Yes I agree that personal collectors should be afforded the same right as museums in the purchase of historic pieces. It comes down to the almighty dollar. If a private collector has enough money to purchase then it should not matter in the end. Museums however do a service in allowing people to view these items, however they should not be afforded fair ganme to them either.
Should people be allowed to get stuff that belongs somewhere else? How do we know it DOES belong in a museum? If there were a Japanese TV Culture in America museum, should they be allowed first dibs on rare Pokemon cards? Should a family be able to sell old family artifacts, even if they have historical value? Yes.
Artists work hard to make artwork that everyone can enjoy. If collectors buy them, public art lovers and anyone who wants to see art can not enjoy these masterpieces. The artists and their descendants would not want the work to go to waste by hanging from a wall where only a few people can enjoy. Artwork should be open to the public.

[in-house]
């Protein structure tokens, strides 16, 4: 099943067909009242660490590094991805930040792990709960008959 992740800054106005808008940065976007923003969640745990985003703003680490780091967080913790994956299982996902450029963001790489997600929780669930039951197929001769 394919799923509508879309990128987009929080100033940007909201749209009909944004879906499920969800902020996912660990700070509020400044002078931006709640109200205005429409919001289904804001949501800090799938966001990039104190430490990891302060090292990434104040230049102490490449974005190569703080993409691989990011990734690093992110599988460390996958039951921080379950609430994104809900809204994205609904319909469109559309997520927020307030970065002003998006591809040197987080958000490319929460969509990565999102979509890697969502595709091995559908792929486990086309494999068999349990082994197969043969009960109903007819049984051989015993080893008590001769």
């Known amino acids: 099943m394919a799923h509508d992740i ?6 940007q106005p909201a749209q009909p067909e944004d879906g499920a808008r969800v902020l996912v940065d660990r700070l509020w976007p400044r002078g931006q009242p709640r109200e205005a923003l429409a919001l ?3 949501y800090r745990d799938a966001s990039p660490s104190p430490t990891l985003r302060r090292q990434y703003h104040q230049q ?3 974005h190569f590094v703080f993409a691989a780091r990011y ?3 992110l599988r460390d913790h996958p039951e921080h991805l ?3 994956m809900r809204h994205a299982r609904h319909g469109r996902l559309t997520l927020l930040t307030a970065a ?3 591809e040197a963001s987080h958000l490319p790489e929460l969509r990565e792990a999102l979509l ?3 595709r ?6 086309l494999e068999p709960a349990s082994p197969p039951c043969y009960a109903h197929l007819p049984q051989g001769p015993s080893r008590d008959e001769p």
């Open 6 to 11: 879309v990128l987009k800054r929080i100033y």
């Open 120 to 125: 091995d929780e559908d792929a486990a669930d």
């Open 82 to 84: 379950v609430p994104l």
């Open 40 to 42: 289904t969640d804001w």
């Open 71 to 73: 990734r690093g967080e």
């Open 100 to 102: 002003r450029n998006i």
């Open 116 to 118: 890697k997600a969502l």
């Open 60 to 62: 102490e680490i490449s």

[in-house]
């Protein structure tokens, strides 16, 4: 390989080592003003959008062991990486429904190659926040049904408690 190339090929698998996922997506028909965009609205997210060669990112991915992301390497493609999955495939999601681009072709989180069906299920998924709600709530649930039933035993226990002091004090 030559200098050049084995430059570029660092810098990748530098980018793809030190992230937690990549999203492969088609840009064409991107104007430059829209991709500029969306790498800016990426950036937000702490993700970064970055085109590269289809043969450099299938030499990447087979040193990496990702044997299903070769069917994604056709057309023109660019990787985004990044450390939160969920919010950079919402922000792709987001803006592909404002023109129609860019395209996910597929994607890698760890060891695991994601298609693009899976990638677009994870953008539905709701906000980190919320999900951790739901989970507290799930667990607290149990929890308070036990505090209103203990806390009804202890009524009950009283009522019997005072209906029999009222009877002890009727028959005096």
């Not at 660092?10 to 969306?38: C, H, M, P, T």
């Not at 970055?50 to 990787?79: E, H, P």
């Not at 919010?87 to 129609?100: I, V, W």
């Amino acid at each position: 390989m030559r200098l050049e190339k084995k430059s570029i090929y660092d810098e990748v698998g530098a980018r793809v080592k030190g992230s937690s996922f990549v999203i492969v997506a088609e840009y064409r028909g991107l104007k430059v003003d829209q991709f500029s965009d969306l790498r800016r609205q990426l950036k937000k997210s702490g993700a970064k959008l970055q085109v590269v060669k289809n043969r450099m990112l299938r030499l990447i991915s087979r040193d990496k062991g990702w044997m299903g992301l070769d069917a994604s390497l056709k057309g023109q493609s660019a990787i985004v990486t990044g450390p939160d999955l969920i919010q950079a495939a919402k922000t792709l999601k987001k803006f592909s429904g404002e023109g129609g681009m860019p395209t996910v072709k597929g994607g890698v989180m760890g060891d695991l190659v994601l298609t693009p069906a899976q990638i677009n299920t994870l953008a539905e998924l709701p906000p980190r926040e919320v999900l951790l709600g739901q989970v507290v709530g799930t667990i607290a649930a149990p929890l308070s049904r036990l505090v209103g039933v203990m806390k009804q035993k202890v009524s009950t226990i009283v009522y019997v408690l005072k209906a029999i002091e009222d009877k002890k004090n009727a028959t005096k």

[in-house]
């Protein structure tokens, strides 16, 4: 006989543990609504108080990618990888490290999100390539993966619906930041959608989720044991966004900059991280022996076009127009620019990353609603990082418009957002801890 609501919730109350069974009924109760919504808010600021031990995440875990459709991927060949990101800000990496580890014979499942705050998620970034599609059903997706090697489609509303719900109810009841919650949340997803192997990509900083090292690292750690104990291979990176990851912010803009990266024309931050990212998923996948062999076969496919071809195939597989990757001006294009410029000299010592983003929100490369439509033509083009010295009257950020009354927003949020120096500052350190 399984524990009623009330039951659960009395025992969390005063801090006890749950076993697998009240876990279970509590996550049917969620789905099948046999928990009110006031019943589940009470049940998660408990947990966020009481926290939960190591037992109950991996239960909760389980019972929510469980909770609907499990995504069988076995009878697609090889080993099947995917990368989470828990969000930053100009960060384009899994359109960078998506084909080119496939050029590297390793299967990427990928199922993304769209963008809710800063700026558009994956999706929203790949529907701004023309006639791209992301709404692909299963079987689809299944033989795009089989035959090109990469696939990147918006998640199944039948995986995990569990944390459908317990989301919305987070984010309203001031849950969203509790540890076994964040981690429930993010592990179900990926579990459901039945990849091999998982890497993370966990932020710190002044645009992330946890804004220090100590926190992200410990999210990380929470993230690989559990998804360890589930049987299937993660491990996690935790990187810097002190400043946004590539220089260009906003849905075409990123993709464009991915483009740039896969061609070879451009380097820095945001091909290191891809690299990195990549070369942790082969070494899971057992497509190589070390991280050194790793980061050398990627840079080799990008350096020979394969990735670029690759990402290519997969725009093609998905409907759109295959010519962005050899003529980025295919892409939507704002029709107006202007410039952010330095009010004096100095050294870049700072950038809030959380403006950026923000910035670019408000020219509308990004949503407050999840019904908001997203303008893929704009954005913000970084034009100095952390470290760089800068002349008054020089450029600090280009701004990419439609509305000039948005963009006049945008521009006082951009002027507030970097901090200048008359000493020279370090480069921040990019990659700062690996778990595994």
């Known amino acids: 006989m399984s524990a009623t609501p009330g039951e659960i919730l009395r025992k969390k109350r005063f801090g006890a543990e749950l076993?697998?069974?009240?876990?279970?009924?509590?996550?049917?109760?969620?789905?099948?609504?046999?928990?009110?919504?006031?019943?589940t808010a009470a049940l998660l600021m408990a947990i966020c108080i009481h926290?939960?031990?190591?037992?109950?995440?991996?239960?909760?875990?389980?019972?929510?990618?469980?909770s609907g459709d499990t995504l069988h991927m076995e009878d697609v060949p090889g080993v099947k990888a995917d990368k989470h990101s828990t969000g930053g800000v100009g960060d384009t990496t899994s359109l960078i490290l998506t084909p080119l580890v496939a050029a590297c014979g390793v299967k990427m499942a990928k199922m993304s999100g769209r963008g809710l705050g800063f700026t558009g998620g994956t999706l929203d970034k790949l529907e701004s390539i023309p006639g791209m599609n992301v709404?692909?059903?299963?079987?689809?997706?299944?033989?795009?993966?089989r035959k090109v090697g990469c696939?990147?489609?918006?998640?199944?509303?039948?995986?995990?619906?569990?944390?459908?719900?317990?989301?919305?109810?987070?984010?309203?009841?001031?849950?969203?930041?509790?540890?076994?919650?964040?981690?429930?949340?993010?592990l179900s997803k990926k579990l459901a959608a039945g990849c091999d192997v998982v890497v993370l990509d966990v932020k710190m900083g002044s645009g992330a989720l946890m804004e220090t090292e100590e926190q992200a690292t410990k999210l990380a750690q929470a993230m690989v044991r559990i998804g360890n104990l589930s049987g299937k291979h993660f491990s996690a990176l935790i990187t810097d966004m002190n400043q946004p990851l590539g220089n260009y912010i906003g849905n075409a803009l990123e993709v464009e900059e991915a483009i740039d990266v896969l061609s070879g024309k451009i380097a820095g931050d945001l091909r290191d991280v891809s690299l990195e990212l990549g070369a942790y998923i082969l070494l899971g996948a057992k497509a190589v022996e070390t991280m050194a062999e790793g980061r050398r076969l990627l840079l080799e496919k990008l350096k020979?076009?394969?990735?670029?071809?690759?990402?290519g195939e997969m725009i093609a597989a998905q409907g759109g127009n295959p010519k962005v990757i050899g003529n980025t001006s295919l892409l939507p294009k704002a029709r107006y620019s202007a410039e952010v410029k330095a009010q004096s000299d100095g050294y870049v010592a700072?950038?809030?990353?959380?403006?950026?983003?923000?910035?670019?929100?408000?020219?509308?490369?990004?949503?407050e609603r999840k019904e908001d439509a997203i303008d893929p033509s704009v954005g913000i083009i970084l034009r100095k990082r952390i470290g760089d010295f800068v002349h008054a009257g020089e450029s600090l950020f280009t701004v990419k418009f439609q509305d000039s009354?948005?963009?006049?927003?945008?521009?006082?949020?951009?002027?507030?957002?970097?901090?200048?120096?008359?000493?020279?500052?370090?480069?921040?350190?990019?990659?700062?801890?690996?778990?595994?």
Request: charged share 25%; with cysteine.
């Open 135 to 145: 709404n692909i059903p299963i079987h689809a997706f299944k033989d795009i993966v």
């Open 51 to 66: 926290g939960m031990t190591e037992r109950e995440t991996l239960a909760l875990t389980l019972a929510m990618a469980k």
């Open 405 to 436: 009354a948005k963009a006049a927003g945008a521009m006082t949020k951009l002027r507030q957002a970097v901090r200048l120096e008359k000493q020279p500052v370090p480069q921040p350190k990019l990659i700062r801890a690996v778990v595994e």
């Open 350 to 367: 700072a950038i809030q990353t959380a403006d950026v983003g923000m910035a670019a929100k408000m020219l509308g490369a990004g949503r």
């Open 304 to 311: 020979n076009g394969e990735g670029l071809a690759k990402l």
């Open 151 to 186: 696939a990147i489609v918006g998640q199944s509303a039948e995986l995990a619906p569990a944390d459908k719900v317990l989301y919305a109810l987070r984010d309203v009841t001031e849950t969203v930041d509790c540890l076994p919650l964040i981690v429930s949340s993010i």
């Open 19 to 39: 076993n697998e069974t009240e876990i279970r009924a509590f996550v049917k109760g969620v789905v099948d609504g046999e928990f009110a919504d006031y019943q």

Museums are meant for the public so that they can see the beauty and tragedy of our past to present. If collectors were to buy artifacts from the museum, then the public would never be able to see it again and, once again, the rich would have power over others.
Important pieces of art and artifacts belong in museums so that they can remain a part of our collective history. Allowing individuals to purchase these pieces makes viewing history a privilege of the wealthy. Museums provide the means for people of all walks of life to learn and enjoy our shared human history.
Museums are cultural institutions that help to preserve our common heritage. Pieces of artwork which are housed in museums should not pass into the hands of private collectors. They should be visible to the general public, so that everyone can enjoy them and learn from them. Our culture belongs to everyone.
Personal collectors should not be allowed to purchase historic pieces that belong in museums. These pieces provide historical significance to the population as well as to the historical community. When these pieces belong to collectors, members of the general population are denied the opportunity to learn about the significance of each and how they fit into their concept of history. Moreover, the collectors may not have the tools necessary to maintain the historical pieces. The pieces could then decay and not remain in quality condition.